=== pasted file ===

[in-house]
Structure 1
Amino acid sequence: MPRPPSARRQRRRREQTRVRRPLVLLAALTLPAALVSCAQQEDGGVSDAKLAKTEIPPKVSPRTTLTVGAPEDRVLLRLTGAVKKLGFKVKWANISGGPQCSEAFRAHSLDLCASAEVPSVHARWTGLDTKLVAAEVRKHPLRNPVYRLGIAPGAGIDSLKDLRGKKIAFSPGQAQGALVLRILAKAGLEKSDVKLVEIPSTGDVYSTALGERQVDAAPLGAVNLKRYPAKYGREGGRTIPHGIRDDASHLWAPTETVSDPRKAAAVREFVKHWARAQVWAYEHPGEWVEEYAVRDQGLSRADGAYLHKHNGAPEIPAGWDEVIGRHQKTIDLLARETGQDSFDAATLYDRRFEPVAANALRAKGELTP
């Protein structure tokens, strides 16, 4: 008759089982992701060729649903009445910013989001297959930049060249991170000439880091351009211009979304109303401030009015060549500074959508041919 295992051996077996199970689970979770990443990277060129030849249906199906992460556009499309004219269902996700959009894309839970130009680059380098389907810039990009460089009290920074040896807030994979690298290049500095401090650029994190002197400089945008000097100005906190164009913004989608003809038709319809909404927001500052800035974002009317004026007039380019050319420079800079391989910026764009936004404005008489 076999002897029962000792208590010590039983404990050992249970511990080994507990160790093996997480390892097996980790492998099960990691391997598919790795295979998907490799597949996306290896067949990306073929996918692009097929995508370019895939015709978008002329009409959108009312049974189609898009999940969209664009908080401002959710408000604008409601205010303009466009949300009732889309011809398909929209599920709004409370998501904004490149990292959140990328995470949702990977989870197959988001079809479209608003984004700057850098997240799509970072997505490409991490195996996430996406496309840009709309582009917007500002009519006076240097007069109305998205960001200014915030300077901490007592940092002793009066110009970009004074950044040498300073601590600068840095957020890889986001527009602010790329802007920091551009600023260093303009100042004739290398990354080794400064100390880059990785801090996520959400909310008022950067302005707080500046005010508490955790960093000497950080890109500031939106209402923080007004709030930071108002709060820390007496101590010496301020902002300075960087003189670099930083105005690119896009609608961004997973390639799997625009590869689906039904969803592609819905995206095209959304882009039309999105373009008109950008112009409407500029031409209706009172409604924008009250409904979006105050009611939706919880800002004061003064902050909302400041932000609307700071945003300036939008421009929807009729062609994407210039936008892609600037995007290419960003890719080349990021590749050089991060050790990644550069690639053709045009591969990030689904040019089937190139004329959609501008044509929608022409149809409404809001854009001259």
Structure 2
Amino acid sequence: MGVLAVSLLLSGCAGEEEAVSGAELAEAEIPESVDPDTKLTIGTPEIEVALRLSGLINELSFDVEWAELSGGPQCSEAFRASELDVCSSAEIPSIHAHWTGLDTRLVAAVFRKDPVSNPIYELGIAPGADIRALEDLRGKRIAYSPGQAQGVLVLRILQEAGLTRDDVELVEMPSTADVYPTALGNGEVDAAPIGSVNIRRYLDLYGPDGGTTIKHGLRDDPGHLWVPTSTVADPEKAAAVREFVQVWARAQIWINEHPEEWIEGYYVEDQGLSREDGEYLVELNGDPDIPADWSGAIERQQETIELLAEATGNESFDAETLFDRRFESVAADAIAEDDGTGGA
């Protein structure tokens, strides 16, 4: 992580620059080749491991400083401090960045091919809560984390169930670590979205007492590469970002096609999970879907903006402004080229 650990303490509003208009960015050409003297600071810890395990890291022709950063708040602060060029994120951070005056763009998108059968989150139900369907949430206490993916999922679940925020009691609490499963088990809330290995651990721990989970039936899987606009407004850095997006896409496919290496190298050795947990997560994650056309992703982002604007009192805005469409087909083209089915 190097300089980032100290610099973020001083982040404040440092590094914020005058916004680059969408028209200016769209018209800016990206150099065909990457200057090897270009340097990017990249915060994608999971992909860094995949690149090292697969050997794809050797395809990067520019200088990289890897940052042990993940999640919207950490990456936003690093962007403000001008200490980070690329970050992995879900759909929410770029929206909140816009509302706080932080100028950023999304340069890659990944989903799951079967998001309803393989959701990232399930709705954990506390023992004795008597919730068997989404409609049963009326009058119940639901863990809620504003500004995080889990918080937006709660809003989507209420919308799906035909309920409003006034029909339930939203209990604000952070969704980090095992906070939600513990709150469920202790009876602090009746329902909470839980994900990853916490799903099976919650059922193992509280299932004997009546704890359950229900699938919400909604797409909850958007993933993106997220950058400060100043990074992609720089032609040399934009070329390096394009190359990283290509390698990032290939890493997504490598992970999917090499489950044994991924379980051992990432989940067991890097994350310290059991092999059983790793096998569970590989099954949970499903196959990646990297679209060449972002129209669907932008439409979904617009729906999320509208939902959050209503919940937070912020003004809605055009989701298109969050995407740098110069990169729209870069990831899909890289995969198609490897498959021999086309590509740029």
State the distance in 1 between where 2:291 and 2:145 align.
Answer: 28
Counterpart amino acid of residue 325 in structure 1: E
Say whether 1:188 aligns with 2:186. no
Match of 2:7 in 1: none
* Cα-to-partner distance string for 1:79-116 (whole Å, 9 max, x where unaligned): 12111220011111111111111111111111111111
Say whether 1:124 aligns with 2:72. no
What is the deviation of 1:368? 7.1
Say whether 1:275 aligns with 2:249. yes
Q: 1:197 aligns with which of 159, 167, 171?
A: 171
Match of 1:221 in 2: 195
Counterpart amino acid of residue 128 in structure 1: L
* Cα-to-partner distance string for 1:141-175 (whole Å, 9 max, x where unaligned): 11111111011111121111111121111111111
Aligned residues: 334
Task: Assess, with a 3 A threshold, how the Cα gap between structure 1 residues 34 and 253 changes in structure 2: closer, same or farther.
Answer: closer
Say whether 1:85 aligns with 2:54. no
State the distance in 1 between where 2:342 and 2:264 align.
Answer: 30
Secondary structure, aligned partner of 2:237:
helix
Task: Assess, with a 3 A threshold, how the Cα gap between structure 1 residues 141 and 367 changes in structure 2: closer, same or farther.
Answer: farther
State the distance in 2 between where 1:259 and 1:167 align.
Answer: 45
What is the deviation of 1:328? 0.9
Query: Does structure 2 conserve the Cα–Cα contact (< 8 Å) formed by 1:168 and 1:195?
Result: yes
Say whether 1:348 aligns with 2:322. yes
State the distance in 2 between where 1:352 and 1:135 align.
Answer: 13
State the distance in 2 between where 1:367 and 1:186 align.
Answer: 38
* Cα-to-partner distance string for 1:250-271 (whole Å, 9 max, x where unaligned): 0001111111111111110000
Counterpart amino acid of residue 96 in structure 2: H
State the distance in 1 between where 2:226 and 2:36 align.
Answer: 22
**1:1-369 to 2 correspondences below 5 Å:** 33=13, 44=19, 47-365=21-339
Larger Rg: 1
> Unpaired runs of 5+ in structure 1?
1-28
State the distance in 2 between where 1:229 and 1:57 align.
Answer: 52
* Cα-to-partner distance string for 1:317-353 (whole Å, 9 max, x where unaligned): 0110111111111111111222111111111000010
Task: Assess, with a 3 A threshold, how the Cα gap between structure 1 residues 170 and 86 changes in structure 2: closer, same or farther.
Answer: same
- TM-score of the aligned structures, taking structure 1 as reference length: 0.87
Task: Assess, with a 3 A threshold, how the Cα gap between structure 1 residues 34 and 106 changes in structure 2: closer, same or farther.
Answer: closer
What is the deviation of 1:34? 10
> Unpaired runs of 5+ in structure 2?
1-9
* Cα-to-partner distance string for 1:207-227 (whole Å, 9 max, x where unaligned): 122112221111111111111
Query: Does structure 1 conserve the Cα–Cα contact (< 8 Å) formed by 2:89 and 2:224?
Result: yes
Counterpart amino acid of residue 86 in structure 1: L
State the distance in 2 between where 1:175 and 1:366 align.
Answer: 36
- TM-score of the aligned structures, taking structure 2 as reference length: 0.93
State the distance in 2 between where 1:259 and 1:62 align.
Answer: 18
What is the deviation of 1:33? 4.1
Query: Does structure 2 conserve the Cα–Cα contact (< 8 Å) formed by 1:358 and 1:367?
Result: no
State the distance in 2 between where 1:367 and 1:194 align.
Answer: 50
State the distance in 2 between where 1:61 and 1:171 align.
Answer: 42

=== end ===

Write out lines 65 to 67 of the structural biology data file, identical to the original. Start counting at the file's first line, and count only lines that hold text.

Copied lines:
State the distance in 2 between where 1:175 and 1:366 align.
Answer: 36
- TM-score of the aligned structures, taking structure 2 as reference length: 0.93